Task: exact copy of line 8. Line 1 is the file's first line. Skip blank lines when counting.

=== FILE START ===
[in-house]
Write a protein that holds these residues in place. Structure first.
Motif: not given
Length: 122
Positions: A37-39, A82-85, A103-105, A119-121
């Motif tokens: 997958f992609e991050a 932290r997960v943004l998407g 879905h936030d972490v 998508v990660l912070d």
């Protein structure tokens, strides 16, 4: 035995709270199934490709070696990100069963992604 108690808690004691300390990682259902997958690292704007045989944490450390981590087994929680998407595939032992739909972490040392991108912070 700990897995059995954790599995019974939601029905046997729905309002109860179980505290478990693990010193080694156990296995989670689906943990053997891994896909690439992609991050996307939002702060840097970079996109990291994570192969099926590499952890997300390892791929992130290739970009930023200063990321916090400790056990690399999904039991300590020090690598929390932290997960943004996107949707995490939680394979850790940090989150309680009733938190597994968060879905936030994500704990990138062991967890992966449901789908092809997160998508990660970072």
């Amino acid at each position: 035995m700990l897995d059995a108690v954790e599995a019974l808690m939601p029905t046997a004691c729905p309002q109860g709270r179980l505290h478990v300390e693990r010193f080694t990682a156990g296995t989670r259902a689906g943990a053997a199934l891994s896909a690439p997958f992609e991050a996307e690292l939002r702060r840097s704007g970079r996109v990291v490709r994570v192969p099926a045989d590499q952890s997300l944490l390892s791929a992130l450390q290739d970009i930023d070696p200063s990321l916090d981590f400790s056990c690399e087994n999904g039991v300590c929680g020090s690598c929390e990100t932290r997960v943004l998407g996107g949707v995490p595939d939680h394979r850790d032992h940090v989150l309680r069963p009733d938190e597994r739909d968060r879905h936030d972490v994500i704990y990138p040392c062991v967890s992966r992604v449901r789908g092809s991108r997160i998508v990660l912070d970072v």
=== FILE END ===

């Amino acid at each position: 035995m700990l897995d059995a108690v954790e599995a019974l808690m939601p029905t046997a004691c729905p309002q109860g709270r179980l505290h478990v300390e693990r010193f080694t990682a156990g296995t989670r259902a689906g943990a053997a199934l891994s896909a690439p997958f992609e991050a996307e690292l939002r702060r840097s704007g970079r996109v990291v490709r994570v192969p099926a045989d590499q952890s997300l944490l390892s791929a992130l450390q290739d970009i930023d070696p200063s990321l916090d981590f400790s056990c690399e087994n999904g039991v300590c929680g020090s690598c929390e990100t932290r997960v943004l998407g996107g949707v995490p595939d939680h394979r850790d032992h940090v989150l309680r069963p009733d938190e597994r739909d968060r879905h936030d972490v994500i704990y990138p040392c062991v967890s992966r992604v449901r789908g092809s991108r997160i998508v990660l912070d970072v």